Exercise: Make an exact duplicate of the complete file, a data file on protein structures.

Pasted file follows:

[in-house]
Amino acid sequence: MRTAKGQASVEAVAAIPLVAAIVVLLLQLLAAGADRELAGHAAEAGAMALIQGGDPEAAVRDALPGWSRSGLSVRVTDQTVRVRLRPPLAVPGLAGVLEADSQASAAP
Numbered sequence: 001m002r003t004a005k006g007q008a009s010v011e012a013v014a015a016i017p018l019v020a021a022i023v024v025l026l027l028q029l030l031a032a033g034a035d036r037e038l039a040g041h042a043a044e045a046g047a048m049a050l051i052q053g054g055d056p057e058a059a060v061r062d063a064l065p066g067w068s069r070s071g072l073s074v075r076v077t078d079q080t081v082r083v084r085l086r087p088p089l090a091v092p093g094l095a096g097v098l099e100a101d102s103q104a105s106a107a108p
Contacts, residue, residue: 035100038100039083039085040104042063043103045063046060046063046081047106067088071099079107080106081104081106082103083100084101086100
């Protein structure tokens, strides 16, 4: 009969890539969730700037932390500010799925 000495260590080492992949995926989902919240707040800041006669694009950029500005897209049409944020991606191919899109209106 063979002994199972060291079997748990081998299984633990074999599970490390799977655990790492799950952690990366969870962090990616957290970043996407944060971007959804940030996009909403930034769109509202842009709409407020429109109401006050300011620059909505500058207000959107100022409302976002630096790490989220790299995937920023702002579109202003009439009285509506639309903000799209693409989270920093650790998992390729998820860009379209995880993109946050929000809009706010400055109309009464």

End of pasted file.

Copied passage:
[in-house]
Amino acid sequence: MRTAKGQASVEAVAAIPLVAAIVVLLLQLLAAGADRELAGHAAEAGAMALIQGGDPEAAVRDALPGWSRSGLSVRVTDQTVRVRLRPPLAVPGLAGVLEADSQASAAP
Numbered sequence: 001m002r003t004a005k006g007q008a009s010v011e012a013v014a015a016i017p018l019v020a021a022i023v024v025l026l027l028q029l030l031a032a033g034a035d036r037e038l039a040g041h042a043a044e045a046g047a048m049a050l051i052q053g054g055d056p057e058a059a060v061r062d063a064l065p066g067w068s069r070s071g072l073s074v075r076v077t078d079q080t081v082r083v084r085l086r087p088p089l090a091v092p093g094l095a096g097v098l099e100a101d102s103q104a105s106a107a108p
Contacts, residue, residue: 035100038100039083039085040104042063043103045063046060046063046081047106067088071099079107080106081104081106082103083100084101086100
């Protein structure tokens, strides 16, 4: 009969890539969730700037932390500010799925 000495260590080492992949995926989902919240707040800041006669694009950029500005897209049409944020991606191919899109209106 063979002994199972060291079997748990081998299984633990074999599970490390799977655990790492799950952690990366969870962090990616957290970043996407944060971007959804940030996009909403930034769109509202842009709409407020429109109401006050300011620059909505500058207000959107100022409302976002630096790490989220790299995937920023702002579109202003009439009285509506639309903000799209693409989270920093650790998992390729998820860009379209995880993109946050929000809009706010400055109309009464």